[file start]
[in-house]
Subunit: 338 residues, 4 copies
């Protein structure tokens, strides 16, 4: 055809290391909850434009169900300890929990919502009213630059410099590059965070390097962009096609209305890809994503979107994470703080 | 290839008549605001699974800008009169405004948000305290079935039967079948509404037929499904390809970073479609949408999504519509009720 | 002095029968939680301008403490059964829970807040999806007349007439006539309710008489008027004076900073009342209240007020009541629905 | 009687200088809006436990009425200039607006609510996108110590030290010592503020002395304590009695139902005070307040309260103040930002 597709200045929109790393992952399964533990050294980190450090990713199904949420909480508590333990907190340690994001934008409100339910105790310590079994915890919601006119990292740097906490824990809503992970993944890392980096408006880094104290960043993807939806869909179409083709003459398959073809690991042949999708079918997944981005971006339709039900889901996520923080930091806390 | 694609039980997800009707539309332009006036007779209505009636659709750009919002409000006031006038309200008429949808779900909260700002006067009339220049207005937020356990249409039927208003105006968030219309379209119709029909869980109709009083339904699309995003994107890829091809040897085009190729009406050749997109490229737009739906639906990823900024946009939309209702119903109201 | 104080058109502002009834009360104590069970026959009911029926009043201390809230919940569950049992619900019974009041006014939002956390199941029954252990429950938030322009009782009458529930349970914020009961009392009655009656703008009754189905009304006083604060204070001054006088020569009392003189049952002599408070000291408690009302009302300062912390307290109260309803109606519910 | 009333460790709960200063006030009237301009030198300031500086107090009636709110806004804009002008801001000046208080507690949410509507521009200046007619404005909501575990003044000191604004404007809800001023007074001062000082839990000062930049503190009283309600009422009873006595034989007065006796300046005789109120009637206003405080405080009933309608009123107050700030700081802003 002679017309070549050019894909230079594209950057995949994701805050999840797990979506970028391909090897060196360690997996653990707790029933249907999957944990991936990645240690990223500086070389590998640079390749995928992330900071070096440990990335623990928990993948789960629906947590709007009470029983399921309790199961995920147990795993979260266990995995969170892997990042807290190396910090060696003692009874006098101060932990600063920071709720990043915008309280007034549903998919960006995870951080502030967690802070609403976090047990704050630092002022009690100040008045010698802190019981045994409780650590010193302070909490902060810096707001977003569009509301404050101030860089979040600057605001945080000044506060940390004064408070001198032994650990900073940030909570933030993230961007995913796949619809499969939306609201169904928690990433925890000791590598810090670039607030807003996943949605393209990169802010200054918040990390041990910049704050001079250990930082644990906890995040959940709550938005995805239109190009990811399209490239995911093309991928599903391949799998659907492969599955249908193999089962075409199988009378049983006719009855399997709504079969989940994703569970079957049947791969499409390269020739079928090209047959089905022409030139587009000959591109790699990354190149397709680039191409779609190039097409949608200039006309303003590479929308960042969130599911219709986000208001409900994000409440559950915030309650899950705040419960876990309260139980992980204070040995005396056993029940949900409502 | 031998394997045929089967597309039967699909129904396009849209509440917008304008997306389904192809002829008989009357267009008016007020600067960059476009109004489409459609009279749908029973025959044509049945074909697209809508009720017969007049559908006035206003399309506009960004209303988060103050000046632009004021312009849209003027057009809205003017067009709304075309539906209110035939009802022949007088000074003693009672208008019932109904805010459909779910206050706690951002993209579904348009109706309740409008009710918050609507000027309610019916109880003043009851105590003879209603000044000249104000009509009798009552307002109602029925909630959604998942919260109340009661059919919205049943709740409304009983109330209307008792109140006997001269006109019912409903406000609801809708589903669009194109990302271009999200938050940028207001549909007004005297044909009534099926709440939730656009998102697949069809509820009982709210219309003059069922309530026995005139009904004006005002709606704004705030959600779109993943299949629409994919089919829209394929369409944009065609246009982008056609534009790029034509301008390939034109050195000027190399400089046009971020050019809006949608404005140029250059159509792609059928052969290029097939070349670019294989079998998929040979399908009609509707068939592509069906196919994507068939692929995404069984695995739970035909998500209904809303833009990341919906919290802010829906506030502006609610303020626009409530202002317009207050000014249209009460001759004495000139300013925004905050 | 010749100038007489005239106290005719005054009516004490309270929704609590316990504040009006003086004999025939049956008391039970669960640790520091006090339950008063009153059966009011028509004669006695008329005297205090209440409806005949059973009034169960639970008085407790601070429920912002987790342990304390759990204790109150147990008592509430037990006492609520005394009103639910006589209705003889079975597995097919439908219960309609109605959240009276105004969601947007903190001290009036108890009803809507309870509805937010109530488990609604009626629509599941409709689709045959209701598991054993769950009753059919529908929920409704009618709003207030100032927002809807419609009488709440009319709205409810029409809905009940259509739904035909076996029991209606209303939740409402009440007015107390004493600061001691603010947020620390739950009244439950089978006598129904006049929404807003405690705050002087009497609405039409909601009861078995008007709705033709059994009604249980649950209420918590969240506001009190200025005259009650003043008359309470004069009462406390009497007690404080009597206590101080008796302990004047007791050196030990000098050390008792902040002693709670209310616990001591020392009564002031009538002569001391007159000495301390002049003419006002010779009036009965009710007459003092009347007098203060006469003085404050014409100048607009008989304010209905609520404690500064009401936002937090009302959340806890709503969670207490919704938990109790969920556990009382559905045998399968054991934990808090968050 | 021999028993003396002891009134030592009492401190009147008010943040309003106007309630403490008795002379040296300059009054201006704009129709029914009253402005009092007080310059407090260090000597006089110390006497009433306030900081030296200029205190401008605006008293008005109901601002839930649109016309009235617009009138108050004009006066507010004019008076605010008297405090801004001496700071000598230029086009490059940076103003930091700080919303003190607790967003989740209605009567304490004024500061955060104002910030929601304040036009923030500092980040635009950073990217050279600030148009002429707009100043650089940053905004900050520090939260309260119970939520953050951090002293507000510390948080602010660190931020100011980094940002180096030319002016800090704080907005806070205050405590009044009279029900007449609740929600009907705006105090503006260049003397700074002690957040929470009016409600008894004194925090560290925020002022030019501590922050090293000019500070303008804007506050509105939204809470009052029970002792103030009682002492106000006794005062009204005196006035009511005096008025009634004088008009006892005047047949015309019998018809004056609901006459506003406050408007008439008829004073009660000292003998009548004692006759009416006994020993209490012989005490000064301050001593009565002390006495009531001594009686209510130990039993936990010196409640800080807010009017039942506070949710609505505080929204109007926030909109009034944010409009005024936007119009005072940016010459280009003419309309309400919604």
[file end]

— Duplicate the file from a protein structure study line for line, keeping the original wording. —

[in-house]
Subunit: 338 residues, 4 copies
């Protein structure tokens, strides 16, 4: 055809290391909850434009169900300890929990919502009213630059410099590059965070390097962009096609209305890809994503979107994470703080 | 290839008549605001699974800008009169405004948000305290079935039967079948509404037929499904390809970073479609949408999504519509009720 | 002095029968939680301008403490059964829970807040999806007349007439006539309710008489008027004076900073009342209240007020009541629905 | 009687200088809006436990009425200039607006609510996108110590030290010592503020002395304590009695139902005070307040309260103040930002 597709200045929109790393992952399964533990050294980190450090990713199904949420909480508590333990907190340690994001934008409100339910105790310590079994915890919601006119990292740097906490824990809503992970993944890392980096408006880094104290960043993807939806869909179409083709003459398959073809690991042949999708079918997944981005971006339709039900889901996520923080930091806390 | 694609039980997800009707539309332009006036007779209505009636659709750009919002409000006031006038309200008429949808779900909260700002006067009339220049207005937020356990249409039927208003105006968030219309379209119709029909869980109709009083339904699309995003994107890829091809040897085009190729009406050749997109490229737009739906639906990823900024946009939309209702119903109201 | 104080058109502002009834009360104590069970026959009911029926009043201390809230919940569950049992619900019974009041006014939002956390199941029954252990429950938030322009009782009458529930349970914020009961009392009655009656703008009754189905009304006083604060204070001054006088020569009392003189049952002599408070000291408690009302009302300062912390307290109260309803109606519910 | 009333460790709960200063006030009237301009030198300031500086107090009636709110806004804009002008801001000046208080507690949410509507521009200046007619404005909501575990003044000191604004404007809800001023007074001062000082839990000062930049503190009283309600009422009873006595034989007065006796300046005789109120009637206003405080405080009933309608009123107050700030700081802003 002679017309070549050019894909230079594209950057995949994701805050999840797990979506970028391909090897060196360690997996653990707790029933249907999957944990991936990645240690990223500086070389590998640079390749995928992330900071070096440990990335623990928990993948789960629906947590709007009470029983399921309790199961995920147990795993979260266990995995969170892997990042807290190396910090060696003692009874006098101060932990600063920071709720990043915008309280007034549903998919960006995870951080502030967690802070609403976090047990704050630092002022009690100040008045010698802190019981045994409780650590010193302070909490902060810096707001977003569009509301404050101030860089979040600057605001945080000044506060940390004064408070001198032994650990900073940030909570933030993230961007995913796949619809499969939306609201169904928690990433925890000791590598810090670039607030807003996943949605393209990169802010200054918040990390041990910049704050001079250990930082644990906890995040959940709550938005995805239109190009990811399209490239995911093309991928599903391949799998659907492969599955249908193999089962075409199988009378049983006719009855399997709504079969989940994703569970079957049947791969499409390269020739079928090209047959089905022409030139587009000959591109790699990354190149397709680039191409779609190039097409949608200039006309303003590479929308960042969130599911219709986000208001409900994000409440559950915030309650899950705040419960876990309260139980992980204070040995005396056993029940949900409502 | 031998394997045929089967597309039967699909129904396009849209509440917008304008997306389904192809002829008989009357267009008016007020600067960059476009109004489409459609009279749908029973025959044509049945074909697209809508009720017969007049559908006035206003399309506009960004209303988060103050000046632009004021312009849209003027057009809205003017067009709304075309539906209110035939009802022949007088000074003693009672208008019932109904805010459909779910206050706690951002993209579904348009109706309740409008009710918050609507000027309610019916109880003043009851105590003879209603000044000249104000009509009798009552307002109602029925909630959604998942919260109340009661059919919205049943709740409304009983109330209307008792109140006997001269006109019912409903406000609801809708589903669009194109990302271009999200938050940028207001549909007004005297044909009534099926709440939730656009998102697949069809509820009982709210219309003059069922309530026995005139009904004006005002709606704004705030959600779109993943299949629409994919089919829209394929369409944009065609246009982008056609534009790029034509301008390939034109050195000027190399400089046009971020050019809006949608404005140029250059159509792609059928052969290029097939070349670019294989079998998929040979399908009609509707068939592509069906196919994507068939692929995404069984695995739970035909998500209904809303833009990341919906919290802010829906506030502006609610303020626009409530202002317009207050000014249209009460001759004495000139300013925004905050 | 010749100038007489005239106290005719005054009516004490309270929704609590316990504040009006003086004999025939049956008391039970669960640790520091006090339950008063009153059966009011028509004669006695008329005297205090209440409806005949059973009034169960639970008085407790601070429920912002987790342990304390759990204790109150147990008592509430037990006492609520005394009103639910006589209705003889079975597995097919439908219960309609109605959240009276105004969601947007903190001290009036108890009803809507309870509805937010109530488990609604009626629509599941409709689709045959209701598991054993769950009753059919529908929920409704009618709003207030100032927002809807419609009488709440009319709205409810029409809905009940259509739904035909076996029991209606209303939740409402009440007015107390004493600061001691603010947020620390739950009244439950089978006598129904006049929404807003405690705050002087009497609405039409909601009861078995008007709705033709059994009604249980649950209420918590969240506001009190200025005259009650003043008359309470004069009462406390009497007690404080009597206590101080008796302990004047007791050196030990000098050390008792902040002693709670209310616990001591020392009564002031009538002569001391007159000495301390002049003419006002010779009036009965009710007459003092009347007098203060006469003085404050014409100048607009008989304010209905609520404690500064009401936002937090009302959340806890709503969670207490919704938990109790969920556990009382559905045998399968054991934990808090968050 | 021999028993003396002891009134030592009492401190009147008010943040309003106007309630403490008795002379040296300059009054201006704009129709029914009253402005009092007080310059407090260090000597006089110390006497009433306030900081030296200029205190401008605006008293008005109901601002839930649109016309009235617009009138108050004009006066507010004019008076605010008297405090801004001496700071000598230029086009490059940076103003930091700080919303003190607790967003989740209605009567304490004024500061955060104002910030929601304040036009923030500092980040635009950073990217050279600030148009002429707009100043650089940053905004900050520090939260309260119970939520953050951090002293507000510390948080602010660190931020100011980094940002180096030319002016800090704080907005806070205050405590009044009279029900007449609740929600009907705006105090503006260049003397700074002690957040929470009016409600008894004194925090560290925020002022030019501590922050090293000019500070303008804007506050509105939204809470009052029970002792103030009682002492106000006794005062009204005196006035009511005096008025009634004088008009006892005047047949015309019998018809004056609901006459506003406050408007008439008829004073009660000292003998009548004692006759009416006994020993209490012989005490000064301050001593009565002390006495009531001594009686209510130990039993936990010196409640800080807010009017039942506070949710609505505080929204109007926030909109009034944010409009005024936007119009005072940016010459280009003419309309309400919604």